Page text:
Parker came to Sweet Briar from the National Institute for Technology in Liberal Education, or NITLE , where she served as president. As the name suggests, the organization helps liberal arts institutions include more technology in their courses.
"It's been one of my priorities at Sweet Briar to help people begin to think about how initiatives like these can help us both expand what's available to our students without expanding our own campus curriculum, and also make some of the wonderful work that our faculty are doing -- in, maybe, some specialized topics -- available to other folks," Parker said. "I think it helps address one of the inherent limitations of being a small college."
Sweet Briar may be farther into development than many other applicants. Saint Michael’s College in Colchester, Vt., is planning to develop a history course on the development of the American family, but the instructor has yet to figure out how the course will use technology, said Karen A. Talentino, the college’s vice president for academic affairs.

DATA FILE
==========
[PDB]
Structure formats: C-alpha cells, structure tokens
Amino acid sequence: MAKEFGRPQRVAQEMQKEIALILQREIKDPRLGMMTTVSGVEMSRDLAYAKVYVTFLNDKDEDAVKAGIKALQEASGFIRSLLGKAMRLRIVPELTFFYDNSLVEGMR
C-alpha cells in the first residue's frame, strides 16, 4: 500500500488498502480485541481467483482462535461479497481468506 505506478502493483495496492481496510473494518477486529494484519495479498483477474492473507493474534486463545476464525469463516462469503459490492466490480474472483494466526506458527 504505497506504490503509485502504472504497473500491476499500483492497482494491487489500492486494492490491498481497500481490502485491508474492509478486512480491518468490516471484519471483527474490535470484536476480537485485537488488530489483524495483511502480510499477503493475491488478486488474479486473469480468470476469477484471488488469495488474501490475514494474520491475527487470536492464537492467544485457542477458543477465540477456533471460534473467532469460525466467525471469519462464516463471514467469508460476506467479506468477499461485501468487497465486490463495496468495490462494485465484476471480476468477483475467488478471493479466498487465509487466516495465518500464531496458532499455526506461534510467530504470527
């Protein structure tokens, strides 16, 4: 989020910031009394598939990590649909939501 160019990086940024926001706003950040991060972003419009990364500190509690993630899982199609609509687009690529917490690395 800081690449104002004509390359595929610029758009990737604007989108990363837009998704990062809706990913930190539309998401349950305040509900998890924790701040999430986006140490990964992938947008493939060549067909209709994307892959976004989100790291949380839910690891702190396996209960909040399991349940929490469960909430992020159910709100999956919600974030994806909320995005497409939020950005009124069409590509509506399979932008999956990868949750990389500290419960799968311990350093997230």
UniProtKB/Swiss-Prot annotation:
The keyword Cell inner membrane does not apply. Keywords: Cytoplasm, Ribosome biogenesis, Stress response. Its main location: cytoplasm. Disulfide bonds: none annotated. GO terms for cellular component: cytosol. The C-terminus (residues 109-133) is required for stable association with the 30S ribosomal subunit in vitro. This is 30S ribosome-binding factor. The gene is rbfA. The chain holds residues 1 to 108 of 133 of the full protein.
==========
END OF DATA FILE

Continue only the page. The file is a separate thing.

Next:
In explaining why her institution will likely apply to the CIC consortium, Talentino also addressed the challenges facing small, private colleges  -- including the cuts, layoffs and rising tuition costs that could threaten the future of some of those institutions.
“Small colleges have generally held back and not tried to be on the bleeding edge of technology,” Talentino said. “Things are changing so quickly I don’t think we can wait any longer.... It’s the small colleges that are most at risk of disappearing, so we really can’t sit back and wait for someone else to figure this out.”